A cautionary tale worth your study is told by Robert Ruby in his book “Unknown Shore”.  I highly recommend it.  Martin Frobisher, who later became famous in England along with Francis Drake for keeping the Spanish Armada at bay, lead an expedition in 1576 to what we know now as Baffin Island.  On his return, Frobisher’s backers became desperate to justify the voyage.  They took rocks collected from Baffin Island to four assayers.  Three of them reported that these were just rocks, not particularly valuable.  The fourth assayer reported that the rocks were rich ore bearing a high concentration of gold.  Of the four assayers and their reports, which one do you think they listened to?  The one who said there was gold in the rocks, of course!  Three more voyages were made to return more rocks; lives were lost, ships sank, natives were abducted, fortunes were spent, and the rocks turned out to be . . . just rocks.  Not gold. 

There are adventures which benefit mankind; there are adventures which rekindle the human spirit; there are adventures which bring glory, fame, honor, and even useful resources as their outcome.  But not all adventures end that way.  Some are pointless, some are inglorious, some are fruitless. 

I believe that space exploration is the noblest endeavor of our age.  It uplifts the human spirit, encourages scholarship, improves the economy, enhances our understanding of ourselves and our place in the universe.  In the long term, space exploration – utilization, exploitation, and colonization – will no doubt save and transform humankind.

But in the near term we need to be careful in our zealousness not to describe space exploration as a panacea to every problem humans have encountered.  We will maintain credibility and help the cause only when we are truthful, accurate, and firmly grounded.  Let’s avoid hyperbole and glittering inaccuracies as we reach for the stars.

Meanwhile, I hope to see you one day at the lunar base on the rim of Shackleton crater where we can reminisce about the courage of our astronauts who got us there and the foresight of the leaders who pointed us there.

Ad astra


Enlightenment Begins

Thanks for letting me extend my vacation a bit to catch up on all the accumulated work that found its way to my desk. 

I couldn’t pass up the opportunity to share a couple of pictures from my vacation, especially since they play into this posting.

Athena falls at Rocky Mountain National Park Emerald lake at Rocky Mountain National Park

Sometimes I completely believe that the invention of the National Park is the best thing that America has ever done.  But then I realize that the opportunity to get away from the ordinary, into the natural world, is truly meaningful.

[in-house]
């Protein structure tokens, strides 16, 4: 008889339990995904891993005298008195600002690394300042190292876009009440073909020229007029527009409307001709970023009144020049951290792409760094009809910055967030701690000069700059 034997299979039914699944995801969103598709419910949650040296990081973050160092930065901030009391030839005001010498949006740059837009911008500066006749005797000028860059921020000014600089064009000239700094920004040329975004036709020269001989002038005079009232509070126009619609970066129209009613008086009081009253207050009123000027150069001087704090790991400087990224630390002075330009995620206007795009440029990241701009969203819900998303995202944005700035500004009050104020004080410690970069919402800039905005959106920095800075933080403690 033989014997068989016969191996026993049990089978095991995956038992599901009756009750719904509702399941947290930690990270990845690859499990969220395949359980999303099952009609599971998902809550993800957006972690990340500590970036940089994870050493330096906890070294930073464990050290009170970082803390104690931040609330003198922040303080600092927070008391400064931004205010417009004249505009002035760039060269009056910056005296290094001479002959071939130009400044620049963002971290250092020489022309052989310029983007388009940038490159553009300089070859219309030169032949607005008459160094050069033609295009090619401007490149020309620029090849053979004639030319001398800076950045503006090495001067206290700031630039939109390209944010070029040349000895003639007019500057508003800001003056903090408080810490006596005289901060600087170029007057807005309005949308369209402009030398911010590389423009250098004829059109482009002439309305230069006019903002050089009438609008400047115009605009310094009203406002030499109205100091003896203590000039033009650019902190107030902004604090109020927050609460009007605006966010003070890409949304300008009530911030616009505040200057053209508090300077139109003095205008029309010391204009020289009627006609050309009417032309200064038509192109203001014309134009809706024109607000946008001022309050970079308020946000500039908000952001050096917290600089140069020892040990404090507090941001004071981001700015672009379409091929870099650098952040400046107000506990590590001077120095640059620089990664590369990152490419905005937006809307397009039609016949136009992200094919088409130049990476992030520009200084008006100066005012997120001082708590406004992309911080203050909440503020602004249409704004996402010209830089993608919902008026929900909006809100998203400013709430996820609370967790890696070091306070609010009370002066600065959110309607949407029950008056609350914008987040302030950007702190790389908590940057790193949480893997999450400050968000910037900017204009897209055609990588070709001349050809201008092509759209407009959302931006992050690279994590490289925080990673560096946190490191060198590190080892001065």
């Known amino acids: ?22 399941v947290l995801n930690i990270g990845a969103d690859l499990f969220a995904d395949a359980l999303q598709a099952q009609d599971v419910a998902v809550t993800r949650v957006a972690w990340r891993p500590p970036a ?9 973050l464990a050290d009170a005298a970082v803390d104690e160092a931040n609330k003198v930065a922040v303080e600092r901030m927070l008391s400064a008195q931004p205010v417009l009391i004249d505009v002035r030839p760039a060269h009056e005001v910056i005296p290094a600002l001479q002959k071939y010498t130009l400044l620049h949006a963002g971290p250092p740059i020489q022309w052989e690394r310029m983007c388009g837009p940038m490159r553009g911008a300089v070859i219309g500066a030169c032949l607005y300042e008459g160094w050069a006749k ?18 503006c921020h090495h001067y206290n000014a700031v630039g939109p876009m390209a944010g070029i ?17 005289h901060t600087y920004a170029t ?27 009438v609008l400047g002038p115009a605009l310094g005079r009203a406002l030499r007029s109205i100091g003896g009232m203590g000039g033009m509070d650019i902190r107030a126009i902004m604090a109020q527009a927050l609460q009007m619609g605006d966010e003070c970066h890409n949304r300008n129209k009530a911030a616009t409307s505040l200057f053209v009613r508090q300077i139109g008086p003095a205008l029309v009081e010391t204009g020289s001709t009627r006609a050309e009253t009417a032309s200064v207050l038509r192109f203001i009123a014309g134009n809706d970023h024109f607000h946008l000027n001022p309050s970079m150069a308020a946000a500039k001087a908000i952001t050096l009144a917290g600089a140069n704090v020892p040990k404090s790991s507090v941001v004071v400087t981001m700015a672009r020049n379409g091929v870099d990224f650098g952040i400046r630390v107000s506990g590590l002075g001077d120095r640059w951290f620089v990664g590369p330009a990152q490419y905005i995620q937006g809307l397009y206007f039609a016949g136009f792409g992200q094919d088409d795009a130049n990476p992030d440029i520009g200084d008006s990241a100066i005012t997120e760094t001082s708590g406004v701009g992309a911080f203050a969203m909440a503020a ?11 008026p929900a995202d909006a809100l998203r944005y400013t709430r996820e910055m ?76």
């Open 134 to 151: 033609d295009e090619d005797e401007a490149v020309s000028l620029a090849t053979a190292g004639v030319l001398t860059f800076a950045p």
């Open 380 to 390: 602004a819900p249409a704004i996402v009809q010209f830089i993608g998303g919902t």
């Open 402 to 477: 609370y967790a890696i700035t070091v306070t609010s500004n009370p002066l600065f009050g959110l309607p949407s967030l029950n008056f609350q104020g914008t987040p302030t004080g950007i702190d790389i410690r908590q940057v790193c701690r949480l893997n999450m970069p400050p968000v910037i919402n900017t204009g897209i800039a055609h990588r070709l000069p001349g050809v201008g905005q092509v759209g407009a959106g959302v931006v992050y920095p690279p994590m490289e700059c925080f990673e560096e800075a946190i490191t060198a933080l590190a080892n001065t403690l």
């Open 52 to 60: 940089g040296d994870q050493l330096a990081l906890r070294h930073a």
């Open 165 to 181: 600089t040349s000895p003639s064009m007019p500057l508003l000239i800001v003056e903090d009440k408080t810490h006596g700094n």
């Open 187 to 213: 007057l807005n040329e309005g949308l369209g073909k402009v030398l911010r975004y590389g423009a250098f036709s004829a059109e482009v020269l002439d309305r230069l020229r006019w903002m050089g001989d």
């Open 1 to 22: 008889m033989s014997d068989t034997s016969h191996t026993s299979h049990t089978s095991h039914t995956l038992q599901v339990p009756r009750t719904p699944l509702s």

You can really believe that “Enlightenment begins where the pavement ends”!

Ok, I’ll confess, that is a slogan that was printed on a T-shirt I saw on the trail.

But the more I thought about it, the less kitschy it becomes and the truer it sounds.

Going somewhere you have not been before, getting out of the ordinary, seeing new things — all these start your thought processes in new ways. 

Returning to work, I have attended two different conferences on innovation that the agency has sponsored.  How do you innovate? How can people creatively find solutions to problems?   We had plenty of case studies and examples; some good and some not so good.  One principle stood out:  creative solutions come from unexpected places and generally from people who have a variety of different experiences.  If you look to people who all have the same background, all have the same problem solving skills, and all have the same life experiences then expect to get similar reactions to a challenge, and a very limited set of potential solutions.  To get a diverse, innovative solution set, it is important to go where not many have been, to experience life in ways that the average folks haven’t, and then to recognize and utilize these insights.

A frontier is a place where innovation is fostered.  The old cliche’ is “Necessity is the mother of invention”.  True, true.  And nowhere is there more “necessity” than on a frontier, a long way from the tried, true, and comfortable. 

Jules Verne wrote an interesting introduction to his book “From the Earth to the Moon”.  It smacks of 19th century nationalism, but listen to it anyway:  “The Yankees, the first mechanicians in the world, are engineers– just as the Italians are musicians and the Germans metaphysicians– by right of birth”

Nowadays, of course, there are plenty of Yankee musicians and metaphysicians, and the Italians and Germans make pretty good engineers, along with the Chinese and Indians.  But why would Jules Verne say that?  And why would the world embrace that?  There must be some basic truth there.  Invention was the glory of 19th century America.  Innovative solutions to the problems posed by a New World, the frontier, or the distance to other more advanced technology centers (like Europe) drove American innovation and creativity. 

Space is a frontier.  Space exploration (and exploitation) requires ingenuity in the face of new challenges: distance to technology centers (like earth!), lack of resources (air, water), and new and different resources to be understood harnessed (microgravity, vacuum).  I wonder how life on Earth will be affected by the discoveries and innovations of the 21st century and the new “frontier imperative”. 

You can learn a lot where the pavement ends.  I cam personally recommend at least one place in Colorado where the pavement ends at 12,000 ft MSL.  But there is no pavement on the moon, either. 


A lot to be learned out there.